Environment New Hampshire
Portsmouth Herald
Chelsea Shuman

GREENLAND — Homeowner Barry Krieger and his wife recently installed 20 solar panels on their garage roof in an effort to reduce the amount of money they spend each year to heat their home.

The 4.6 kilowatt system is used for 95 percent of the couple's electrical needs.

"This has been a dream come true," Krieger said, "to become so much more efficient and make my own power."
The government incentive of a 30 percent tax credit made the decision that much easier, according to Krieger, who is looking at an 11-year payback.

"We keep the heat at 69 or 70 (degrees Fahrenheit) all the time," he said, "and we are paying $1,500 per year to heat a 2,300 square foot home."
Jack Bingham, from SEA Solar Store, who did the installation, said that solar panels are a sound and practical choice for any homeowner.

"People are starting to look at their retirement options next to their long-term energy costs," he said, "and it makes sense to start being more efficient."
According to Bingham, once people try solar water heating or space heating, they start looking for other energy efficiency projects, and only good can come of such a trend.

Krieger agreed, as he and his wife do not use any chemicals, have water barrels to collect rain water and recycle, use a pellet stove for central heating (he purchased a local product which comes with a $6,000 rebate) and he now drives a Toyota Prius.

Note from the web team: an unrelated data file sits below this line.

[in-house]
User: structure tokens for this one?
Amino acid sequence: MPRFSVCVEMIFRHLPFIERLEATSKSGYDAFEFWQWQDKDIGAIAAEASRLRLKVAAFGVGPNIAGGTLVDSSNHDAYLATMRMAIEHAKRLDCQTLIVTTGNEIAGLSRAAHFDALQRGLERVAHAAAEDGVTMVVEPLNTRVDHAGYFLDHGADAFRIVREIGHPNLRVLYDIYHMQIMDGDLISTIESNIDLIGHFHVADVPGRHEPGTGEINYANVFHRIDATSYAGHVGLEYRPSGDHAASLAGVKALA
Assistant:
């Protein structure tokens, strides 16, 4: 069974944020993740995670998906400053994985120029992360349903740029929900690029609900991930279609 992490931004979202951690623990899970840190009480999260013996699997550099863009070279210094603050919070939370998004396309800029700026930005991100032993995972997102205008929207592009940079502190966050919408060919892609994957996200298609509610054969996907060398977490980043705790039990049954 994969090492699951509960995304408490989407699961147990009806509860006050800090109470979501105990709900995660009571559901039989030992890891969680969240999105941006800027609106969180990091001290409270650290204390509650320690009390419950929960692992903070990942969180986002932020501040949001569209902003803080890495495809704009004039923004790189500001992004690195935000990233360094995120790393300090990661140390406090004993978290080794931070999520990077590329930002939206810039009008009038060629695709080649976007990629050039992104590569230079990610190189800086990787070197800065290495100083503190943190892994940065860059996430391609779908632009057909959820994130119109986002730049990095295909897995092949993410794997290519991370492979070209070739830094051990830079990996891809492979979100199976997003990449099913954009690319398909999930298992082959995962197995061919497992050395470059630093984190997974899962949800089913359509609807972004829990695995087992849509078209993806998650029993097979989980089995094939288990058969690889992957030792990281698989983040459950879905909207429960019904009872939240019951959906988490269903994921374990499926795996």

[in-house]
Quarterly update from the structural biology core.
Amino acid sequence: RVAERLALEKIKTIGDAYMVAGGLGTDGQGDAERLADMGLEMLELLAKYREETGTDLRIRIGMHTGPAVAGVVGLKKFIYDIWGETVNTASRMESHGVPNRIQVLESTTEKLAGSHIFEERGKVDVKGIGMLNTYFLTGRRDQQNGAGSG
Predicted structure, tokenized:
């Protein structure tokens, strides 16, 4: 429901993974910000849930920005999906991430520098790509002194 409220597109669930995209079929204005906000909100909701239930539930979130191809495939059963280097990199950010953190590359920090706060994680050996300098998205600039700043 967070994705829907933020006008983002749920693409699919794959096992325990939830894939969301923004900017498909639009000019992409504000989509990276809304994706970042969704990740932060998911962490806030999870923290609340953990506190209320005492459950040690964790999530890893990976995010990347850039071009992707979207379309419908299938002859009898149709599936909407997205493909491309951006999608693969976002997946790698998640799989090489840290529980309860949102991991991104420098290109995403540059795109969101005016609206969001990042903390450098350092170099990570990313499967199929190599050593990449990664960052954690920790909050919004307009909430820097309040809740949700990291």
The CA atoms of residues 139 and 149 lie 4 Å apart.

"We try to take our stewardship with a great deal of responsibility," he said.

Jessica O'Hare of Environment New Hampshire said that additions like the solar panels show the many benefits of solar energy, among them reducing harmful greenhouse gases.

"If people get on board, we can reduce oil consumption at 37 gallons per person," O'Hare said. "We can reduce the fossil fuels for both our heat and hot water needs, and we are ready to install these systems across the state."

Sen. Nancy Stiles, of District 24, said that the Kiegler home was very impressive and she is very interested in moving forward with energy conservation.

"I am extremely supportive of reducing our dependence on fossil fuels," she said, "and I think we have a great opportunity here."

Sen. Amanda Merill, who represents Durham, Lee, Rollinsford, Epping and Dover, and who is also on the Energy and Natural Resource Committee, agreed with Stiles.

"Programs such as the Renewable Portfolio Standard, which allowed for government incentives, and the Regional Greenhouse Gas Initiative are extremely important moving forward for our communities and world wide," she said.

New Hampshire currently ranks seventh in the nation for oil savings from solar hot water.

O'Hare said this is only the beginning, and along with Bingham, wants to remind people that this isn't a project just for the wealthy, but for the average citizen.

"With the rebates offered from the government," Bingham said, "and the savings on your monthly bills, you get your investment back and then some."